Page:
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Piero della Francesca was truly one of the great early Renaissance painters though, for many centuries, his work within other disciplines received greater respect.
This artist was particularly devoted to painting in the first two thirds of his career, before later starting to focus more on literature, geometry and mathematics. He peaked during the mid to late 15th century and used several scientific concepts within his painted compositions. Piero della Francesca received regular commissions in different regions of Italy, or the Papal States as it was then known. He would build strong bonds with several artists and they would recommend each other for projects that they were unavailable for themselves and also there was a healthy exchange of artistic ideas and techniques.
For someone so significant to the development of Renaissance art it is surprising that so little documentary information has been uncovered on this artist's life and career, particularly the early days of his development. One key moment that we are aware of was on the 12th of September in 1439 when Piera della Francesca is first known to have been in Florence. This city was dominant in many periods of the Renaissance and this artist was there in order to work on the Stories of the Virgin, a prestigious commission for a chapel within the church of Sant'Egidio.
Whilst we enjoy a wealth of work from the artist's career today that is still in existence, it is worth remembering that a significant number of other artworks have been lost or destroyed. Many were simply replaced in their installed positions as changing tastes brought about a new artistic direction by his previous donors. That is one of the downsides of fresco paintings. Other parts of his collection were left unattributed until recently and this meant that their preservation has occurred later than would be ideal. He was joined by Domenico Veneziano on this project.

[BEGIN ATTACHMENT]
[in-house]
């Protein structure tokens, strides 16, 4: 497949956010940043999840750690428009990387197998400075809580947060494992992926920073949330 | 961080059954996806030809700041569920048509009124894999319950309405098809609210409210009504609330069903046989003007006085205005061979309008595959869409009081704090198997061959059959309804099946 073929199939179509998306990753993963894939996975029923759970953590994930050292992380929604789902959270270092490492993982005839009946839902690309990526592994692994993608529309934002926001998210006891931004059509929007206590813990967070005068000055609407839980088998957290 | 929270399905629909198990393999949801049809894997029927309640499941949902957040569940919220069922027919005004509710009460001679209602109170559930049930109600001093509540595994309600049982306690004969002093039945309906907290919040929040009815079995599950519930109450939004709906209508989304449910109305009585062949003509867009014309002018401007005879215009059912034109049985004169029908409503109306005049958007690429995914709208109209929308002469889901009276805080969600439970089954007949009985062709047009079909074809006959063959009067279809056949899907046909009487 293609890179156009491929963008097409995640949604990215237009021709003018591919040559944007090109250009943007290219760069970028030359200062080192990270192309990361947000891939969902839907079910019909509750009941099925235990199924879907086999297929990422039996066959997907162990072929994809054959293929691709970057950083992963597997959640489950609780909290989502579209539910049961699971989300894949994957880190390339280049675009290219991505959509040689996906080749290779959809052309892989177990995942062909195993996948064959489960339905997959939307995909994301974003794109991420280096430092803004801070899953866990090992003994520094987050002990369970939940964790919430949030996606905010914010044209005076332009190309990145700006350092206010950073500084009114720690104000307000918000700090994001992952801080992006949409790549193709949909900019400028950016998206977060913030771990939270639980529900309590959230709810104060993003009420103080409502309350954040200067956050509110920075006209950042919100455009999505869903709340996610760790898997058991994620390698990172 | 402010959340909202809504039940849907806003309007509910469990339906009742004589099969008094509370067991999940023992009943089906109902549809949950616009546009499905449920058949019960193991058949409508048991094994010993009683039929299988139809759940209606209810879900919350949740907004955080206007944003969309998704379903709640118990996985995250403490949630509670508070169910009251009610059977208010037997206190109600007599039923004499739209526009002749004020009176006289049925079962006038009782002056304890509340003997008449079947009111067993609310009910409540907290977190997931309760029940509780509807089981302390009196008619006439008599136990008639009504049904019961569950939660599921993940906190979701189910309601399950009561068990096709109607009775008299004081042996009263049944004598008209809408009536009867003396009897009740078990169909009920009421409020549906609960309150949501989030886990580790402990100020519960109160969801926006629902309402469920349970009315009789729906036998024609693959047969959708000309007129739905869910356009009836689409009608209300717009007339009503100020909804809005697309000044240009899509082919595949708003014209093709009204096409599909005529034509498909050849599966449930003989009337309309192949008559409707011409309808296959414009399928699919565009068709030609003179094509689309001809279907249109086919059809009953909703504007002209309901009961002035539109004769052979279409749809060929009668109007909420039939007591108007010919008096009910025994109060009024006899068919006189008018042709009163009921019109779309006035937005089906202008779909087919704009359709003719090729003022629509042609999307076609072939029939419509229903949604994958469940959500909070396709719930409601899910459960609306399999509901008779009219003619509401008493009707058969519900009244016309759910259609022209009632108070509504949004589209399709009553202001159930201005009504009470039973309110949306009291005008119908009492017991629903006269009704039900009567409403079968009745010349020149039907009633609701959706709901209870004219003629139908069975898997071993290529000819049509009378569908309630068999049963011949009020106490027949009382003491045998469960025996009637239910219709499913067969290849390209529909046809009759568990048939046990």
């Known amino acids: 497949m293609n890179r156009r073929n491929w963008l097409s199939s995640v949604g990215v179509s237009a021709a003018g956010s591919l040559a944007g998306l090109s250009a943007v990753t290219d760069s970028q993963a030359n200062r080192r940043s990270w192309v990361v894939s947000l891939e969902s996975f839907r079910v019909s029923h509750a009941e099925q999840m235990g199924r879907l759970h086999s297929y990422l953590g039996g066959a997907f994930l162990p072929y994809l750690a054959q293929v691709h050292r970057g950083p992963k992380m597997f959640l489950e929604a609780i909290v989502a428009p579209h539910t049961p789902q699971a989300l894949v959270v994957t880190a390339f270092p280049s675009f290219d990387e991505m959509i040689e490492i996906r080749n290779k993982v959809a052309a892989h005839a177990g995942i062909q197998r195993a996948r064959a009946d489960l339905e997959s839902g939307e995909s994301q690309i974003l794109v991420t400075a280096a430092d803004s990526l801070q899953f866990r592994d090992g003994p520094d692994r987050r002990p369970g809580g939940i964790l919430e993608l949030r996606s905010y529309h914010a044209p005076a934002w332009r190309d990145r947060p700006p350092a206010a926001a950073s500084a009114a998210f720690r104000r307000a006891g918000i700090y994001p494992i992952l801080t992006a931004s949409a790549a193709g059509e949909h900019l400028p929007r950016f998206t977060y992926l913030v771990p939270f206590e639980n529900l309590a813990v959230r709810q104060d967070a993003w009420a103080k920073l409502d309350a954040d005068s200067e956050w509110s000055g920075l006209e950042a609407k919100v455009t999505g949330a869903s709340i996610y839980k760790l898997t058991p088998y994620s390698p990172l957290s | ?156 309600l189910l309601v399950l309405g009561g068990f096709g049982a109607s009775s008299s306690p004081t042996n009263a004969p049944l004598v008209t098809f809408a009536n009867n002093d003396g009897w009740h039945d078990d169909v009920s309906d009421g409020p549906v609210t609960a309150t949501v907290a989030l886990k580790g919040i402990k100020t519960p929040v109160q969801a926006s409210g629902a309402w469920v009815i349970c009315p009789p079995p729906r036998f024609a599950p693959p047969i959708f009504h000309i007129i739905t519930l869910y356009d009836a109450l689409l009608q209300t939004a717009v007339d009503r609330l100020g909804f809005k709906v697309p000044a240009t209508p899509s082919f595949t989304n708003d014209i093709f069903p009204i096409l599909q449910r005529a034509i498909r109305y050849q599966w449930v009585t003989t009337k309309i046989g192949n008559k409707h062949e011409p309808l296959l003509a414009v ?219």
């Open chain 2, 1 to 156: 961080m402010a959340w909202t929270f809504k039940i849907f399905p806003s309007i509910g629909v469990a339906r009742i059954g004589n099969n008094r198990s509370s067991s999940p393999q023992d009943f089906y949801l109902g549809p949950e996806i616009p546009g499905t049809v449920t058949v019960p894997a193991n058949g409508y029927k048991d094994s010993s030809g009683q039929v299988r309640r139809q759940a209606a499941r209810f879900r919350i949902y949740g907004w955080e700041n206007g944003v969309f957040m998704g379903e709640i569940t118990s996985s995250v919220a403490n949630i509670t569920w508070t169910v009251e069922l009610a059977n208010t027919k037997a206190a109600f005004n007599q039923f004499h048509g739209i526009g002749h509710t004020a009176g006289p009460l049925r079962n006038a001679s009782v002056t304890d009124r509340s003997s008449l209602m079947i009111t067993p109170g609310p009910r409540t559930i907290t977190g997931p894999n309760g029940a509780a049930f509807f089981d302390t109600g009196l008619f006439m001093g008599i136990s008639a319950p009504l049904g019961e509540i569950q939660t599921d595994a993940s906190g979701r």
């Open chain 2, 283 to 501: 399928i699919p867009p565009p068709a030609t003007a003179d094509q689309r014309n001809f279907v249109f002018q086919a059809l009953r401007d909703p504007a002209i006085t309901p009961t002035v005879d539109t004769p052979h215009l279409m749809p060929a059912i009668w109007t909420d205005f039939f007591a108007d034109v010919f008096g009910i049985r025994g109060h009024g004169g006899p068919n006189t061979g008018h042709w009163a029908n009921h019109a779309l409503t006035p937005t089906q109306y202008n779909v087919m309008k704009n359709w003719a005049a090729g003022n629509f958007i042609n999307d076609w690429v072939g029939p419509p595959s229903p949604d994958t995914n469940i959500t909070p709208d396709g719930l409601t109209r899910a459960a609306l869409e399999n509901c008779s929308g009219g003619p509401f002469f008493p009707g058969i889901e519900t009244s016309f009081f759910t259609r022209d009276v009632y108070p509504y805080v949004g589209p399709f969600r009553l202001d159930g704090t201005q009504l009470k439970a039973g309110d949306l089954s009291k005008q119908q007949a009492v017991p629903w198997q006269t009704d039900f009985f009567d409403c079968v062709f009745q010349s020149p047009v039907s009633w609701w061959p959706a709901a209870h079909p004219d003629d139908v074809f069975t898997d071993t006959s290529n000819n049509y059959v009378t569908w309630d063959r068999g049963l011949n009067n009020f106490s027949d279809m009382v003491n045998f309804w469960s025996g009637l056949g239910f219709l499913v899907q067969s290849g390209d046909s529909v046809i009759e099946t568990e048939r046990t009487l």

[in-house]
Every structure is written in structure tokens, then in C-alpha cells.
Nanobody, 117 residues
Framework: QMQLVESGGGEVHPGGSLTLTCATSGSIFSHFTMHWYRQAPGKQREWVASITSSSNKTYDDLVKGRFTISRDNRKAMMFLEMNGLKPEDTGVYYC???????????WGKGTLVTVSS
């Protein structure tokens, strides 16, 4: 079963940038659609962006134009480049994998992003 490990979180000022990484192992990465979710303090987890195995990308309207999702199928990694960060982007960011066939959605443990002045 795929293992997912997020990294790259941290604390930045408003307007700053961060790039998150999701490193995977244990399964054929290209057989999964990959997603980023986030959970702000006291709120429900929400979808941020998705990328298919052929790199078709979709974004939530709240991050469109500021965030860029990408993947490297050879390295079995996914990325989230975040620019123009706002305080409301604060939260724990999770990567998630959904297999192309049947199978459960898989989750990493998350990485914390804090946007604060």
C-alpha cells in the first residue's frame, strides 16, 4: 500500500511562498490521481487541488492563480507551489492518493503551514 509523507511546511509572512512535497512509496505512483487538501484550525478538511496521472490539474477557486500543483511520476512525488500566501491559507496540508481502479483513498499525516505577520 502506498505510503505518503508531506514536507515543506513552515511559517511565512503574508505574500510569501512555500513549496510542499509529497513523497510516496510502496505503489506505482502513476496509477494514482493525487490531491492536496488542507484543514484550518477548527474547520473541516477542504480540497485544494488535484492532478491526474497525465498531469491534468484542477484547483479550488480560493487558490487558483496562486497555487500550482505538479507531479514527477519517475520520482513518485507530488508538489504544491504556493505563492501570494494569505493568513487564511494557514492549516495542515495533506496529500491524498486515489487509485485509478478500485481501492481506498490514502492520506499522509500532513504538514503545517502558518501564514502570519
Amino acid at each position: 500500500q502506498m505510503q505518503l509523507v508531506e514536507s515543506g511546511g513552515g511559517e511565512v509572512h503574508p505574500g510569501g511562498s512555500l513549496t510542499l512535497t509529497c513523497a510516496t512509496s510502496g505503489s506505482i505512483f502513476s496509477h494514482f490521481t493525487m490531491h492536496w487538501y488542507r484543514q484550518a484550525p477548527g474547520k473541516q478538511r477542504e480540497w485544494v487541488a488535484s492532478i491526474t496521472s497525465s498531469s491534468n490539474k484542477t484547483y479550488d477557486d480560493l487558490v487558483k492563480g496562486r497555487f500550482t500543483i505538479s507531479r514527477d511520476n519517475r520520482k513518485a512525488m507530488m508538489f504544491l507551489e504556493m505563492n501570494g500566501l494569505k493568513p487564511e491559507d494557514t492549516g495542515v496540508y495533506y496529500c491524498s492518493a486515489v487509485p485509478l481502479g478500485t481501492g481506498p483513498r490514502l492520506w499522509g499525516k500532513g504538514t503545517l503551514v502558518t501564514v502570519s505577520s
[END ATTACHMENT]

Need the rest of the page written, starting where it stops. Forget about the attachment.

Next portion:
There has been considerable discussion around whether Domenico Veneziano has actually tutored Piero in the early stages of his career. Whilst this hasn't be completely confirmed, there is evidence to back up this theory. Perhaps the training took place in Umbria, prior to their work together in Florence. Della Francesca is known to have completed commissioned pieces in Perugia prior to this partnership, with Veneziano possibly helping the young artist to receive this work.
The use of perspective within Piero della Francesca's paintings had much to do with his understanding of geometry. It is one example of how different disciplines with the Renaissance would overlap each other, perhaps you will find similar in the work of Filippo Brunelleschi (from whom Piero took concepts of linear perspective), Lorenzo Ghiberti and Giotto who were involved in architecture, sculpture and painting. By comparison, Della Francesca was a Mathematician and Geometrist, whilst also contributing literature to outline his views on various scientific matters.
Whilst many early pieces from his career have been destroyed or lost, it has still been possible to separate his development into three clear stages. The discovery of any future documentation may yet impact that, but current thinking describes his earliest work as being strong in the use of proportion but without the qualities of perspective for which he would later be so respected. After the early 1450s he would then use a more sculptured style for depicting figures within his frescos. His last 15 years as an artist would then be his final stage, when composing pieces accurately could be achieved without much planning and all of his attributes as a painter had peaked together for the first time.
Artist Piero della Francesca considered his own personal touch and hard work to be essential, never using his name to profit via large studio of assistants who could super-charge his output. This ensured he had to reduce the number of private commissions that he would take on, but also helped to strengthen his own reputation. Despite his refusal to use aids, this artist still produced an impressive amount of work that we can continue to learn from today. This section features the very best of his fresco paintings.